Congress to Vote on Sex-Selection Abortion Ban Next Week

National   |   Steven Ertelt   |   May 25, 2012   |   4:27PM   |   Washington, DC

The House of Representatives will consider the Prenatal Nondiscrimination Act, a bill to ban sex-selection abortions, next week. PRENDA was introduced by pro-life Rep. Trent Franks (R-AZ) and was approved by the House Judiciary Committee on February 16.

Majority Leader Eric Cantor announced today that Republicans have scheduled time for a debate and vote on the bill next week, on Wednesday, May 30. Because H. R. 3541 will be considered on the Suspension Calendar, a two-thirds majority will be necessary for passage.

With the international focus on Chen Guangcheng, the Chinese forced abortion opponent who recently escaped house arrest and was allowed to leave China for the United States after being jailed, beaten and confined to his home for exposing massive forced abortion campaigns, the bill is well-timed.

After the House committee approved the bill, Frank said, “As Americans, all of us know in our hearts that aborting a little baby because he or she happens to be the ‘wrong color’ or because she is a little girl instead of a little boy is fundamentally wrong, and represents a betrayal of the precious truth that all human beings are created equal, with the Imago Dei stamped on their souls.”

He added, “I know when the subject is related in any way to abortion, the doors of reason and human compassion in our minds and hearts often close, and the humanity of the unborn and the inhumanity of what is being done to them can sometimes no longer be seen. But this is the civil rights battle that will define our generation. At the very least, we should be able to agree that allowing the lives of unborn children to be torn from them simply because they happen to be the ‘wrong color’ or the ‘wrong sex’ is not who we are as Americans.”

A few years ago, a national study showed the possibility that the practice of sex-selection abortions has made its way from Asia to the United States. Researchers Douglas Almond and Lena Edlund of the National Academy of Sciences say their analysis of the 2000 Census shows the odds prematurely increasing for Asian-American families from China, Korea and India to have a boy if they already have a girl child.

The data “suggest that in a sub-population with a traditional son preference, the technologies are being used to generate male births when preceding births are female,” they wrote in the paper.

Previously, abortion advocates not only opposed the bill in great hysteria but also denied the very existence of sex selection abortions. Nancy Northup, President of the Center for Reproductive Rights, called it a “trumped up bill for a trumped up problem.”  Meanwhile at the pro-abortion blog Jezebel, a writer called sex selection abortions “a problem rampant only in its rampant nonexistence.”

In the debate over Oklahoma’s ban on sex selection abortion, Mary Spaulding Balch, State Legislative Director for the National Right to Life Committee, said, “So-called ‘pro-choice’ feminists will show their true colors if they oppose sex selection abortion bans since the world knows ‘sex selection’ is code for ‘search and destroy’ unborn females.”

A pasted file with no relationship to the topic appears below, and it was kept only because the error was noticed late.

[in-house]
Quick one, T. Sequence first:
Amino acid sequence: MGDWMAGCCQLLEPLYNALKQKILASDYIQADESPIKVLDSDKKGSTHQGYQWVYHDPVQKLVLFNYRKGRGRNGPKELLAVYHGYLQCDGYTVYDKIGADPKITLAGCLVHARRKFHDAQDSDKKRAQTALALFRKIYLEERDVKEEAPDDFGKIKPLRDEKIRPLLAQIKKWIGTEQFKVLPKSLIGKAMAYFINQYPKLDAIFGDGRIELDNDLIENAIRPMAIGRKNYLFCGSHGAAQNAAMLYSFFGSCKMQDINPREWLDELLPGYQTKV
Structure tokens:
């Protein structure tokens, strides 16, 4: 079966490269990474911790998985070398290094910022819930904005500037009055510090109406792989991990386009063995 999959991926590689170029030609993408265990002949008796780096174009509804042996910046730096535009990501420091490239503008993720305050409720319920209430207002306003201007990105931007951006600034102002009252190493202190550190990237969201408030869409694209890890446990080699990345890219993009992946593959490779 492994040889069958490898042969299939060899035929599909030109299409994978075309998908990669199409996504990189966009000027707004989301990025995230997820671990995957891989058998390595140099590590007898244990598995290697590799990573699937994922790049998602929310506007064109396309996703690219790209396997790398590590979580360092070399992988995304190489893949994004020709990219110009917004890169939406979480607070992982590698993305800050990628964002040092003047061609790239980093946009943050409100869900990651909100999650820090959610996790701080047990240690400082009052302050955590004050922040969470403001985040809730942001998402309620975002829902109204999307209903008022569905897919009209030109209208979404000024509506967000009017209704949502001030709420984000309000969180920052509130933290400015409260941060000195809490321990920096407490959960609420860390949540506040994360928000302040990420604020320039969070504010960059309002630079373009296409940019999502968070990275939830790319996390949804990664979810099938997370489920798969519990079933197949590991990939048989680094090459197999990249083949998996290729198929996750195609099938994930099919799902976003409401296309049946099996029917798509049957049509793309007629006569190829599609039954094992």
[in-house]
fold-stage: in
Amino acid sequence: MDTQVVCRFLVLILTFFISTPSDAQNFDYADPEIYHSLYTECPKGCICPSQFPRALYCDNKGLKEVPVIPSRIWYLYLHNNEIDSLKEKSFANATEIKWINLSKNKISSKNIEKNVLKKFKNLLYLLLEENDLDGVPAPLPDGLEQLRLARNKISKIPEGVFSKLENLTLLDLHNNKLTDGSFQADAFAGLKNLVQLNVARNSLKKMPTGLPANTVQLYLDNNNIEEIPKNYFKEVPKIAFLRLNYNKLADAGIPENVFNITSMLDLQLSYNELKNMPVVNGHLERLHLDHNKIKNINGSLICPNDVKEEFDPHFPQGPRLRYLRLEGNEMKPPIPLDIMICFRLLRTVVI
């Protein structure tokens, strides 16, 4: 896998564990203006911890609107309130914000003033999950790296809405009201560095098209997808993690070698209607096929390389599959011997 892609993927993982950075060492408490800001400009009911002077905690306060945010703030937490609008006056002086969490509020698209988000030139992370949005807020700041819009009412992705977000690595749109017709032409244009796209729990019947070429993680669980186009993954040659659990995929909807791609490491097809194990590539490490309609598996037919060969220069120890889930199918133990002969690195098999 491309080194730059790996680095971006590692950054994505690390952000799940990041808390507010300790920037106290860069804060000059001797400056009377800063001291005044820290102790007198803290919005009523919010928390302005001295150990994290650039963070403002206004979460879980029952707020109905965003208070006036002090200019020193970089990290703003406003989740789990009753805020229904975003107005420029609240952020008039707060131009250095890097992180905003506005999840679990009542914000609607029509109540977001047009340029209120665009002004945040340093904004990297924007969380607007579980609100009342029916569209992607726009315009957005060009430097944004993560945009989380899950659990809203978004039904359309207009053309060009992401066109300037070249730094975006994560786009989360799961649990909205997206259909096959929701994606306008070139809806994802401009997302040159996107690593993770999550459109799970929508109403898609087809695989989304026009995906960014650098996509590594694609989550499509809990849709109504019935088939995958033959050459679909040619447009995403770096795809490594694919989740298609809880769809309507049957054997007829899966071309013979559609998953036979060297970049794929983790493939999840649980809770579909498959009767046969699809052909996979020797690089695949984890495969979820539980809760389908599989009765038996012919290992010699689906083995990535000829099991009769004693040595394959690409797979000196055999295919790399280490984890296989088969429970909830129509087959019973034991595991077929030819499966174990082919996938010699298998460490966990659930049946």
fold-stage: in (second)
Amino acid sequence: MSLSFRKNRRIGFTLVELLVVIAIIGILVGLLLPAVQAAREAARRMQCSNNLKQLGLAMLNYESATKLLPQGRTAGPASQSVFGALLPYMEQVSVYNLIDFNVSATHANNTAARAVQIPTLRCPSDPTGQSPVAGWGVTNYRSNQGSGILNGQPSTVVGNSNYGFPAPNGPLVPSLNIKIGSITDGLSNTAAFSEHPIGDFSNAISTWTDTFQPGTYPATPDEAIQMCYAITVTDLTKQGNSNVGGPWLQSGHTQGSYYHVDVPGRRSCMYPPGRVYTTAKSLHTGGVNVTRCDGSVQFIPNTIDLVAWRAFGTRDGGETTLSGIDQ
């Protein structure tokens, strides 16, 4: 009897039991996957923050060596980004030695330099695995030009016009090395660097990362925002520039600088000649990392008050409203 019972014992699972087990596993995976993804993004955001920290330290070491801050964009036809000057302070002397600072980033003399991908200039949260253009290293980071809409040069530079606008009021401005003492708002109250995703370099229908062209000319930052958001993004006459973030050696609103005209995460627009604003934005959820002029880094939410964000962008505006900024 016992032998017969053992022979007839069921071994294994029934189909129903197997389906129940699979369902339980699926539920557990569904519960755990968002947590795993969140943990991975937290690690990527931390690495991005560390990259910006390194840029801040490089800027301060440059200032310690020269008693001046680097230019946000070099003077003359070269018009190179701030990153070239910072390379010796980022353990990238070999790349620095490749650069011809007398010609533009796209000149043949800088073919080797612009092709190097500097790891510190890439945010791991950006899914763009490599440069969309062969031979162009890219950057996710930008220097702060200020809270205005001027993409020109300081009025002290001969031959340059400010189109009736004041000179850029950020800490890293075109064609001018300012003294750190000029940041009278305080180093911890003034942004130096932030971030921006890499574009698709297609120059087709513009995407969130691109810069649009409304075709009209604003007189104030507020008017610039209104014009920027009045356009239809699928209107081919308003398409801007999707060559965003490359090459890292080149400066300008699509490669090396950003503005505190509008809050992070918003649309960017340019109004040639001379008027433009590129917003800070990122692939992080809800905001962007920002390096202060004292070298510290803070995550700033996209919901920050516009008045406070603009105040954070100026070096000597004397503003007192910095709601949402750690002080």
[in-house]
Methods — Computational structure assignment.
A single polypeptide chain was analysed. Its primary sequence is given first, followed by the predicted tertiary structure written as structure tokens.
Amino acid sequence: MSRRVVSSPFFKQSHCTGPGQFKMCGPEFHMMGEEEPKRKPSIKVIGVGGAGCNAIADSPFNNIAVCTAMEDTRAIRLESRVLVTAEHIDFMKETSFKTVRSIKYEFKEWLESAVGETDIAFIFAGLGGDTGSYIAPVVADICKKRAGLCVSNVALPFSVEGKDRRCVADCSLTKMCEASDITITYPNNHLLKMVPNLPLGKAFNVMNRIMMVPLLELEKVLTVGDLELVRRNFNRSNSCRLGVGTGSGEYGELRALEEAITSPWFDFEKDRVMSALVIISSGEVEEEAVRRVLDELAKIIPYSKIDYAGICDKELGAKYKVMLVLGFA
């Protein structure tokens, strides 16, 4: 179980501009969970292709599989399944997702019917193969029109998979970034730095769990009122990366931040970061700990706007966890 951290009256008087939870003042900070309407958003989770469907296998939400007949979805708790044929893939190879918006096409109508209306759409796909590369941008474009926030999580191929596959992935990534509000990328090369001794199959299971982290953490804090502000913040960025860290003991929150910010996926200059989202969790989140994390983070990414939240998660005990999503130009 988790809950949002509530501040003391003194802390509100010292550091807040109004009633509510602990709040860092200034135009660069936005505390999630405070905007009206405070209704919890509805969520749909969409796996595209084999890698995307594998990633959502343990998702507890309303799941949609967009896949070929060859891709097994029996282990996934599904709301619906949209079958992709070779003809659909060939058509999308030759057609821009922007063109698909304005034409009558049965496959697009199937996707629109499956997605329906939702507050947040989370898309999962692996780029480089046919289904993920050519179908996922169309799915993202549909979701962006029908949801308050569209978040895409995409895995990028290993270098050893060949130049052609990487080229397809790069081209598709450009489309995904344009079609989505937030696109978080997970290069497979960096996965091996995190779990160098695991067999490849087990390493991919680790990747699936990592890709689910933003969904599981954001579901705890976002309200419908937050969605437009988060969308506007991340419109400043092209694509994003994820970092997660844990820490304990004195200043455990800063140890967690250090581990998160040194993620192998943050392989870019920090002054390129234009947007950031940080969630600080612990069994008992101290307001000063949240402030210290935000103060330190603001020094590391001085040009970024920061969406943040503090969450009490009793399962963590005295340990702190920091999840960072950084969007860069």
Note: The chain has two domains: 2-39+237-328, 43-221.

Despite the virtue of equality that the United States heralds around the world, it remains one of just a few Western nations not to prohibit abortion when based exclusively on the gender of the unborn child, according to the Center for Genetics and Society. Austria, Belgium, Bulgaria, Canada, Croatia, Czech Republic, Denmark, Estonia, Finland, France, Germany, Greece, Hungary, Iceland, Italy, Latvia, Lithuania, Netherlands, Norway, Portugal, San Marino, Spain, Switzerland and the United Kingdom all have laws banning sex selection abortions.

A new poll conducted by the Lozier Institute found that 77% of respondents would support the enactment of laws prohibiting abortion in cases where “the fact that the developing baby is a girl is the sole reason for seeking an abortion.” Illinois, Pennsylvania, Oklahoma and Arizona already have laws on the books which prohibit this practice, according to the Lozier Institute.

Meanwhile, a 2006 poll showed a majority of Americans would likely support the bill. A 2006 Zogby International poll showed that 86% of the American public desired a law to ban sex-selection abortion. The poll surveyed a whopping 30,117 respondents in 48 states.

Father Shenan J. Boquet, president of Human Life International, said his group supports the bill.



“While we should strive to end abortion in all circumstances, this legislation is an important and welcome step,” he said. “Every human life is sacred, but to specifically target the unborn based on race or gender for destruction magnifies the inherit evil of abortion, and fosters an even greater prejudice toward life itself.”

The Alliance Defense Fund, a pro-life law firm, worked with Franks’ staff on a previous version of the measure.

“No one should be allowed to decide that an innocent life is worthless, least of all because a child isn’t of the preferred sex or race,” ADF Senior Legal Counsel Steven Aden told “There is nothing constitutionally protected or medically necessary about an abortion that takes place because a child is not the preferred sex or race. And there is nothing in the law or the Constitution that prohibits America from joining other civilized nations in prohibiting such barbaric procedures,” he said.

“ADF commends Rep. Franks for his leadership in affirming the rule of law’s protection for every American, regardless of race or gender, beginning in the womb,” said Aden in 2009 when it was previously introduced.